‘Husband Having Sex With Wife Against Her Wishes Not Illegal, Says Bombay High Court’ read a recent headline.
Shocked, I clicked open the article to make sure it wasn’t a typo. The court, in its ruling of a case where the man had non-consensual sex with his wife leaving her paralyzed, said that while it was “‘unfortunate” what happened to the woman, it wasn’t against the law.
Revolting as it may be, the court is not wrong. According to Section 375 of the Indian Penal Code, which deals with rape, forced sex in marriages is a crime only when the wife is below the age of 15 (which is deeply problematic in itself). If she is above 15, her husband can have non-consensual sex with her and not be punished for it, thus making it a legal act.
The law, however, is simply a product. The reason this law exists and why cases like these are still very common — The National Family Health Survey 2015-16 says that the average Indian woman is 17 times more likely to face sexual violence from her husband than from others — is the very patriarchal and regressive, socio-cultural set up that is India.
While the rape laws have come under scrutiny from time to time marital rape has always been conveniently left out of the conversation.
Women are seen as subservient, even today. Common conditioning dictates that a wife is someone who should always put her husband first, cater to his needs, and is, in general, a second-class citizen. Men, on the other hand who are considered on top of the food chain, are often taught that they have a right over women’s bodies, their spaces, and can get away without being held accountable, simply because they are men. Factor in the lack of sex education, understanding of consent and fundamental rights, and the oppression of women from marginalized communities, and existing, toxic power structures, and it’s not hard to see why India is unsafe for women.
The toxic structures also put the family unit on a pedestal and enable men to exert control over a woman’s agency. Any disruption (read: speaking up for personal liberty, demanding equal rights, and basic respect) to the sanctity of marriage is seen as taboo and a threat. So much so, that the government has previously defended not criminalizing marital rape by saying that it would threaten the “sacred institution of marriage.”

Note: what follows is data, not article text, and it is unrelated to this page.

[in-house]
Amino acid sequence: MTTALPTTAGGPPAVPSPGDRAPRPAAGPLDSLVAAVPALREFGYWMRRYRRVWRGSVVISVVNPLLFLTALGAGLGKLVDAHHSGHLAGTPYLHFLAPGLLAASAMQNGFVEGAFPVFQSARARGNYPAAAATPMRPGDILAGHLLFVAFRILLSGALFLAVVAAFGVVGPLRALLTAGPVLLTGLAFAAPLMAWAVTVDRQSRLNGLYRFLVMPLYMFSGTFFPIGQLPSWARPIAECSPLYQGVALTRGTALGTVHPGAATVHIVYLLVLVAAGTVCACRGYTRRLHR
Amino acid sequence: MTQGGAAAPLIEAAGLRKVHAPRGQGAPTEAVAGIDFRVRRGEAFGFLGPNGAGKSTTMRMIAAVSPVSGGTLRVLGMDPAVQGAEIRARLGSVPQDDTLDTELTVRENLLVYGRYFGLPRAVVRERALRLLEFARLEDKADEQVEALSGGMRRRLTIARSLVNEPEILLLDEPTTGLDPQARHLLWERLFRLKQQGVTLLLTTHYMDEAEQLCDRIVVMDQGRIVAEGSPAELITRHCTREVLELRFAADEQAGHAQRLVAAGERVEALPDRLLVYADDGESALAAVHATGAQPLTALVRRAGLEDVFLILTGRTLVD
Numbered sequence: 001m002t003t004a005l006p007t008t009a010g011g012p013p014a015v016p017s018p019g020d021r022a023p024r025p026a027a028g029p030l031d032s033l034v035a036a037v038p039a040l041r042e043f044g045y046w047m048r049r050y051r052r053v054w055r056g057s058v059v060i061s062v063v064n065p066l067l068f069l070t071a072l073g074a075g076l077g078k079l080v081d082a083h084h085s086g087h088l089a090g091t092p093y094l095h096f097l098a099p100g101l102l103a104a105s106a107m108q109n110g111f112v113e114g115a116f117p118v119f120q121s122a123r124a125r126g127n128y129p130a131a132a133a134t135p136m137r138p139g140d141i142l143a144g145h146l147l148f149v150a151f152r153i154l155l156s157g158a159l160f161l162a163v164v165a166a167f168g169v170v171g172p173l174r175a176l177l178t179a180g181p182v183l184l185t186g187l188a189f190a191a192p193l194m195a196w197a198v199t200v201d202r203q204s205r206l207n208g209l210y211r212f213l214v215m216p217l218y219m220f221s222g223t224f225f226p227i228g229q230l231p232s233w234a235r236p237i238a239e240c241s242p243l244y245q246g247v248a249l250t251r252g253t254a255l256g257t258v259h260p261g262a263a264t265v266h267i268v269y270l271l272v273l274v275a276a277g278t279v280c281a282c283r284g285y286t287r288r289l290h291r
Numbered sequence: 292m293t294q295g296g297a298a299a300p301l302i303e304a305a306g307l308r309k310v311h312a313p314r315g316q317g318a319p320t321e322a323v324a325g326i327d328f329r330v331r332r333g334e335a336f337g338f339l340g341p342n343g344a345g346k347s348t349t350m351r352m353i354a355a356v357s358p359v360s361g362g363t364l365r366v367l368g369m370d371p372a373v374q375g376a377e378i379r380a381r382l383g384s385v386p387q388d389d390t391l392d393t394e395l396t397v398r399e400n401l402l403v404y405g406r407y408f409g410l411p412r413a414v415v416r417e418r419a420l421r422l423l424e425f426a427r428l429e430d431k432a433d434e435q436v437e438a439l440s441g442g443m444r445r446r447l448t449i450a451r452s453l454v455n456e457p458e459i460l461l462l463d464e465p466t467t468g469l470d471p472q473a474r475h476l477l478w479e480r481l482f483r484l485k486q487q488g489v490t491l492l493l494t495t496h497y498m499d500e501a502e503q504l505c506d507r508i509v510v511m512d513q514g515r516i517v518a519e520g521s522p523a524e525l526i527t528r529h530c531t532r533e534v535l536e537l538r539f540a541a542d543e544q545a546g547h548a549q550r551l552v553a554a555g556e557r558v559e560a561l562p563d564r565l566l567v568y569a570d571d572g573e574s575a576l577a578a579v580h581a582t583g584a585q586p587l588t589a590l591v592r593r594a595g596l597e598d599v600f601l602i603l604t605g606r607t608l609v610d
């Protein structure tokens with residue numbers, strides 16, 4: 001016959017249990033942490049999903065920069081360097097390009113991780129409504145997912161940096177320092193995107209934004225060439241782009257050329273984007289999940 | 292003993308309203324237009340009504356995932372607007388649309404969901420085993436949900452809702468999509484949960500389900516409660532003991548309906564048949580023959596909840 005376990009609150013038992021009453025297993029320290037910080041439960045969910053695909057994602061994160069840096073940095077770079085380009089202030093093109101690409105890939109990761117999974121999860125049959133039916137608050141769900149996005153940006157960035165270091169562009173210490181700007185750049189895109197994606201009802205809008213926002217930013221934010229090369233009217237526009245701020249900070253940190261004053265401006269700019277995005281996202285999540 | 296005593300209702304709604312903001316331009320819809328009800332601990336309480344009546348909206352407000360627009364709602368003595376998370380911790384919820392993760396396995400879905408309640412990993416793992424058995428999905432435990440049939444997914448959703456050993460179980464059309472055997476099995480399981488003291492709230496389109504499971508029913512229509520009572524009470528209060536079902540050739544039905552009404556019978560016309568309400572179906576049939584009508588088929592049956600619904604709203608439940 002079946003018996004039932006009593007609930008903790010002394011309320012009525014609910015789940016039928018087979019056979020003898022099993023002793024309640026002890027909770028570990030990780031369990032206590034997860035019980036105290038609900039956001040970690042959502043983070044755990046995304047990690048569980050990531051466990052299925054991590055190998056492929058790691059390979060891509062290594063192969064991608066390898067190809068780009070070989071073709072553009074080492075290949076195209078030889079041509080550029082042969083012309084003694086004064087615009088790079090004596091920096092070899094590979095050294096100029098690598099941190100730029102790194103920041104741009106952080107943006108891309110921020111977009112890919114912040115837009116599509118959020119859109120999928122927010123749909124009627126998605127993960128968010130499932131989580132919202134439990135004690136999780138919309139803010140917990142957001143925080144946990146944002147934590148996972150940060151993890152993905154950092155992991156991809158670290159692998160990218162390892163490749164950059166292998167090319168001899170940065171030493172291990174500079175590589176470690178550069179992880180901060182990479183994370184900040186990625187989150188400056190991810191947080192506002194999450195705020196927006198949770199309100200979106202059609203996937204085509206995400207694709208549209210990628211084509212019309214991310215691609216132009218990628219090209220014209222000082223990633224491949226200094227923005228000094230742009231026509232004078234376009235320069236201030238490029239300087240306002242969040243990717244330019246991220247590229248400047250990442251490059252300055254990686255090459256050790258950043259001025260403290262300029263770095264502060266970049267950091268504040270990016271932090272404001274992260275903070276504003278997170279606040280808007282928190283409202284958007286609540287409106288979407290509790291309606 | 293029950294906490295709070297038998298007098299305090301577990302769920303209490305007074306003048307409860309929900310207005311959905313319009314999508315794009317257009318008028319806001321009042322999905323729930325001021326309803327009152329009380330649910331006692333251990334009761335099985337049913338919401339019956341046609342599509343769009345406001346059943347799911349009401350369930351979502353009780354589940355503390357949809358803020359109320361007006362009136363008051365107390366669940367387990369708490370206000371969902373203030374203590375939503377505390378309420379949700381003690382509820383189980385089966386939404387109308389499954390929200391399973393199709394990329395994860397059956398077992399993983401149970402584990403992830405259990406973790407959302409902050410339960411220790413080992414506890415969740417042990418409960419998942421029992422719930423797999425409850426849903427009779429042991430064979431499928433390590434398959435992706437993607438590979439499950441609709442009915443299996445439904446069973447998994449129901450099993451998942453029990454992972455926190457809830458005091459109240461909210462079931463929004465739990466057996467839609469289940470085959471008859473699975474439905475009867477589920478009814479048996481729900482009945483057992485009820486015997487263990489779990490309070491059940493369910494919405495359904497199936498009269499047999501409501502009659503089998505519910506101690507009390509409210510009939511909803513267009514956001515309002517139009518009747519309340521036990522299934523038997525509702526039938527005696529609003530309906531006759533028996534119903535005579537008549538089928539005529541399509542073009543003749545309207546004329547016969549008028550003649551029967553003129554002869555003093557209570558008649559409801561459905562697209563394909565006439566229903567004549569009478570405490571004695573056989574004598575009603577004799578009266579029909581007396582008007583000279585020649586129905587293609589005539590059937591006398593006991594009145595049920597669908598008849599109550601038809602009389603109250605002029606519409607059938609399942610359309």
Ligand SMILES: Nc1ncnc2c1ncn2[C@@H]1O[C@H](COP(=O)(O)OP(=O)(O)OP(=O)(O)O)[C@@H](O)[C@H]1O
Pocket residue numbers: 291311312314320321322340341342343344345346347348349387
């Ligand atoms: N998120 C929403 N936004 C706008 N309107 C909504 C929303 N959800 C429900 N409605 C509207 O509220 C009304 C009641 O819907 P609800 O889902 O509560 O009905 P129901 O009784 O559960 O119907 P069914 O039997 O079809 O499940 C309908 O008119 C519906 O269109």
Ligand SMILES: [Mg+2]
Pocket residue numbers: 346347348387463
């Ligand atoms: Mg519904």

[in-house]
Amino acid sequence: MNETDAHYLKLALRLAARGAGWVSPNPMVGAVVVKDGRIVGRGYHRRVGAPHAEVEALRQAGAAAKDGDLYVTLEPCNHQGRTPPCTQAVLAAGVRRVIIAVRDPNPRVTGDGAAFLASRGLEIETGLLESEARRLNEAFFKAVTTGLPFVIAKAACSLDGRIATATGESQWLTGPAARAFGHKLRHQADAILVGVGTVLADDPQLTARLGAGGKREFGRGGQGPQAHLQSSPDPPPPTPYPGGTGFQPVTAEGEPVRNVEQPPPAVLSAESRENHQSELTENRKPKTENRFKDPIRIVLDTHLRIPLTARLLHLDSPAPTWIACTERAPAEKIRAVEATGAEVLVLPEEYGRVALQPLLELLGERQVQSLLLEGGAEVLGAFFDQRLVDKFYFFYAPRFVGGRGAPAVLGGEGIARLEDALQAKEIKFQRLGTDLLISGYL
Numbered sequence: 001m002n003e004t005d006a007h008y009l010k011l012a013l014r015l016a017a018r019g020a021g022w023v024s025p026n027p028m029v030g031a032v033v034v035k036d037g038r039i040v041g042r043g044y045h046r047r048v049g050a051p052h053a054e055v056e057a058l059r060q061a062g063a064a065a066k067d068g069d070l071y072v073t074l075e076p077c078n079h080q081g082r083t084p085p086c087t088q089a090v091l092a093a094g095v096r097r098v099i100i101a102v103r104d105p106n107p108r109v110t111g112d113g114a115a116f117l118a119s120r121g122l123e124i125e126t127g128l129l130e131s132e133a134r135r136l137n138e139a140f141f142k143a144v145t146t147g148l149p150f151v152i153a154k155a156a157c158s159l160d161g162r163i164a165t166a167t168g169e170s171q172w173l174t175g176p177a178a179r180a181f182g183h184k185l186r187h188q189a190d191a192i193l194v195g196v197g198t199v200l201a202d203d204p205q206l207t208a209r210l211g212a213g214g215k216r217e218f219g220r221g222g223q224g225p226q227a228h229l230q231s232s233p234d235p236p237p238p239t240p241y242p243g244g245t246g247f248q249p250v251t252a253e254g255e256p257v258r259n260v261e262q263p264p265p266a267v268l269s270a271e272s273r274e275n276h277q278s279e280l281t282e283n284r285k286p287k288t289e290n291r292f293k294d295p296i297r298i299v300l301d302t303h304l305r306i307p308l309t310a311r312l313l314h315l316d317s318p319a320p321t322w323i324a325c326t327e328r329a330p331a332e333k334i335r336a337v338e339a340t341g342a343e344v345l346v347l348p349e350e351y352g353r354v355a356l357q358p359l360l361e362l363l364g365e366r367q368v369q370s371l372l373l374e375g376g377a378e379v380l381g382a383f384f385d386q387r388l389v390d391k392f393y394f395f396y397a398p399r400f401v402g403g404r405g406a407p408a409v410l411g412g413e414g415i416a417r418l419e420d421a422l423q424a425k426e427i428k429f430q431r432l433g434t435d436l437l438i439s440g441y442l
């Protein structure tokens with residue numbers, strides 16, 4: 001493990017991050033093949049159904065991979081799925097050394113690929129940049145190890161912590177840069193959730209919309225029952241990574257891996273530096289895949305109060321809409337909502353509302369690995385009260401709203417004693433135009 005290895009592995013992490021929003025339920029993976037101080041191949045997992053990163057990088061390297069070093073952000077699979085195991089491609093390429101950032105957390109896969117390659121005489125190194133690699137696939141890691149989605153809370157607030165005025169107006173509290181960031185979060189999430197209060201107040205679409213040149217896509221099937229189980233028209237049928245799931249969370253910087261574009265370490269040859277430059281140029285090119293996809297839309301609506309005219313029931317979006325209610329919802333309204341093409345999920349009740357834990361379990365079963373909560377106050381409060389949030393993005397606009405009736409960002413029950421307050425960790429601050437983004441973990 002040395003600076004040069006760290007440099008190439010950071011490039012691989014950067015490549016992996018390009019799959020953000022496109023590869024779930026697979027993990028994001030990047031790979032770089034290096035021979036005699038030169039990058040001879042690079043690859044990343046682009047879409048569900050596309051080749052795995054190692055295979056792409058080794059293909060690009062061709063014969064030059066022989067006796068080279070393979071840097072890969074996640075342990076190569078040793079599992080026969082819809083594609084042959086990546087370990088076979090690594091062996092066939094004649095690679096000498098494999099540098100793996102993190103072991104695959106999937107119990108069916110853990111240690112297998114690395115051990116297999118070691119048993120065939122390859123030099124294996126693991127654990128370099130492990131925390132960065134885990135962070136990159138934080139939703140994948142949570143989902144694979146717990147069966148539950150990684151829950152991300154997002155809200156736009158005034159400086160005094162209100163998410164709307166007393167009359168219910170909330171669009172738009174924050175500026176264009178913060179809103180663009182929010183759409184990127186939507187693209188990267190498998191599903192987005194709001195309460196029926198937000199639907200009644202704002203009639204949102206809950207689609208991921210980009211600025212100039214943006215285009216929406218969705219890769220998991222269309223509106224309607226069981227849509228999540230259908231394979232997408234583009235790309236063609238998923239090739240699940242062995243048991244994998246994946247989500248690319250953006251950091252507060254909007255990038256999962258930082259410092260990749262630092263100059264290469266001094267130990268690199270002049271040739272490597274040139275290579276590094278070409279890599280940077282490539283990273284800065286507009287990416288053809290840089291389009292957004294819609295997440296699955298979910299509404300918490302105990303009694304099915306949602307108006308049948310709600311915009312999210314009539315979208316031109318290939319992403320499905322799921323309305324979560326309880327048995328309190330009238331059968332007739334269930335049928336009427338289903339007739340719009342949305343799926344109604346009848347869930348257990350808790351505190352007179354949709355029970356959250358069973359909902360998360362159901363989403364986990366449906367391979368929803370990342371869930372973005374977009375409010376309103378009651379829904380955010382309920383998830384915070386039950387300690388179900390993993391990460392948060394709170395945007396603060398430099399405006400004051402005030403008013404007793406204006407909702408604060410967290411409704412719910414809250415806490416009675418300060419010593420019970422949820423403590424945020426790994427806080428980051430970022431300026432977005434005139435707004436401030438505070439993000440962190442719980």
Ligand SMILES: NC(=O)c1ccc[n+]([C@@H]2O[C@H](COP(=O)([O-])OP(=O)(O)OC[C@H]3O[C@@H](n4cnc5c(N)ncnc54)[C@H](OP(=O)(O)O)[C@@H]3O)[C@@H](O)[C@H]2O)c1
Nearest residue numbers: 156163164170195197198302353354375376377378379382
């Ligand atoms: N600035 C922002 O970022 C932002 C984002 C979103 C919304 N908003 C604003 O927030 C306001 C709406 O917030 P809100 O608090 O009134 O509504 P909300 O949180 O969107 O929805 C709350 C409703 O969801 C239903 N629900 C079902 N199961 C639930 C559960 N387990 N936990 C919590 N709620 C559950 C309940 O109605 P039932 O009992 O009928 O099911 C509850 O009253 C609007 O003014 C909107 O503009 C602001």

But what use is a marriage or a family, if all it leads to is further destruction of autonomy, liberties and fundamental human rights?
Rewind to a week prior to this particular ruling, when another ruling in a marital rape case also caused a stir, but of a different kind. In a historic ruling, the Kerala High Court earlier this month said that marital rape was good grounds for divorce. The court was hearing the case of a woman’s petition for divorce from her husband, who she alleged used her wealth and consistently abused her. In her petition, she stated that he not only took large sums of money from her, but also continuously forced her to have sex with him, even when she was sick and bedridden, and in front of their daughter. The court, in its ruling, said that treating a wife’s body as something that is owed to a husband, and committing a sexual act against her will is nothing but marital rape.
It continued: “Merely for the reason that the law does not recognize marital rape under penal law, it does not inhibit the court from recognizing the same as a form of cruelty to grant divorce. We, therefore, are of the view that marital rape is a good ground to claim divorce.”
The stark contrast between the two rulings from courts of the same country, where in one woman gets some reprieve and the other, like in majority cases, gets none, illustrates the desperate need for a law criminalizing marital rape.
What use is a marriage or a family, if all it leads to is further destruction of autonomy, liberties and fundamental human rights?
Tragically, marital rape remains a contested topic of debate in India. While the rape laws have come under scrutiny from time to time and ignited fierce public debate, such as during the 2012 Delhi rape case, marital rape has always been conveniently left out of the conversation.
Rape is rape, whether in the context of a marriage or otherwise. But, in 2021, four years after the #MeToo movement, countless protests over rapes and assaults, innumerable debates between governments and lawmakers, a woman can be violated by a man, and not have any legal recourse just because of one archaic law. And that needs to change.